updated 9/15/2006 5:47:16 PM ET 2006-09-15T21:47:16

After years in self-imposed political exile, Jesse Ventura is back in the fray - partly by choice and partly by chance.

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Ventura, who didn't run for a second term as governor four years ago, has kept his distance from Minnesota politics since leaving office in 2003. Now, he's starring in some out-of-the-ordinary radio ads promoting Independence Party gubernatorial candidate Peter Hutchinson.

Meanwhile, GOP Gov. Tim Pawlenty reached back to an old Ventura budget plan to attack his Democratic rival, Mike Hatch, as a threat to raise taxes.

The return
On Friday, Ventura's voice rumbled over the radio in two Hutchinson ads.

In one, an announcer talks about a mock incumbent who "permanently balanced the budget, made taxes and fees go away, caused Democrats and Republicans to fall madly in love. Under his leadership, crime was eliminated, pollution disappeared and every motorist was given their own lane."

2006 key races

Then a gruff Ventura cuts in:

"Minnesota ... can you hear me? Come in. I interrupt this broadcast to remind you that career politicians will say anything to get re-elected. In '98 you chose an independent. It's time to do it again. Let's stop the B.S. and move Minnesota forward with honesty and common sense."

Bringing back the past
The ad is airing on FM stations in the Twin Cities and the St. Cloud area, covering a fast-growing suburban corridor where Ventura did well in his 1998 upset win. Hutchinson's campaign didn't say how much it was spending to run them for two weeks, but an official said the campaign's entire ad budget will be less than $500,000 between now and November.

Hutchinson said he hopes the ads remind people how they felt when they spurned the Republican and DFL candidates then.

"It encourages them to think again about claiming their independence," he said.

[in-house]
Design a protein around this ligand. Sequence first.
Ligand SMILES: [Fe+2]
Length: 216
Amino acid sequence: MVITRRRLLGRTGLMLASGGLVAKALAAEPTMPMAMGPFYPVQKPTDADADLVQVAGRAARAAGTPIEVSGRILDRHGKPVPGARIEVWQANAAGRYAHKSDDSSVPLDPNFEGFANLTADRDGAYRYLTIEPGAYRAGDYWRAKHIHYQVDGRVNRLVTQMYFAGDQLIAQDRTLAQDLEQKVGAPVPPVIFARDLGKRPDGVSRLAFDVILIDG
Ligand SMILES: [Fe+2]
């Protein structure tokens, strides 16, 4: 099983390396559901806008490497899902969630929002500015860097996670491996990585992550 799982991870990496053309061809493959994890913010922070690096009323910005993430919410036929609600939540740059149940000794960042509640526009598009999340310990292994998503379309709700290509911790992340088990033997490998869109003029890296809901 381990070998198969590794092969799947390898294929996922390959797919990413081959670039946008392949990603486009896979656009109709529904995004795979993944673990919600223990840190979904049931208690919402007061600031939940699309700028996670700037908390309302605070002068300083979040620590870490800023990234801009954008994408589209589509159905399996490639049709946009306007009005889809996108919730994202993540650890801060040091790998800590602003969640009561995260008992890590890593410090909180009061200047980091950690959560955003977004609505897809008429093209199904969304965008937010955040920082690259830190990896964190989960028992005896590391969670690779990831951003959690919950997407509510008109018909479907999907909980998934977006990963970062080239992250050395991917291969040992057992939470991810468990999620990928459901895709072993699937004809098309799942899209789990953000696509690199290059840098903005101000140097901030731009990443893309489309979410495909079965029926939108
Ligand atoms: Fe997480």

Pawlenty's ad makes no specific mention of Ventura. But it keys off a proposal Ventura put forward in 2002 to erase a projected budget shortfall.

Deficit strategy
The plan included some spending cuts but also called for, among other things, a higher gas tax, new sales taxes on auto repairs and legal services and a 29-cent bump in the cigarette tax. The tax hikes never went through.

Three weeks ago, Hatch spoke favorably about Ventura's approach while responding to a reporter's question about how he would have handled an ensuing deficit of $4.5 billion.

Pawlenty seized on those remarks to back up a new television commercial, airing around the state for a week.

"Mike Hatch says he would have done it differently - with 13 new tax increases," the governor says in the ad, where he claims credit for keeping a lid on state taxes and proposes a cap on local property taxes.

Hatch argued his comments were taken out of context. By putting off a budget fix, Hatch said, the problem grew exponentially worse and led to higher state fees, college tuition, local property taxes and per-pack cigarette costs.

"He's trying to make it out into something I'm proposing or had proposed at that time," Hatch said. "He's desperate. The guy is down and he's desperate. This just shows the guy will lie about anything he can.

Copyright 2006 The Associated Press. All rights reserved. This material may not be published, broadcast, rewritten or redistributed.


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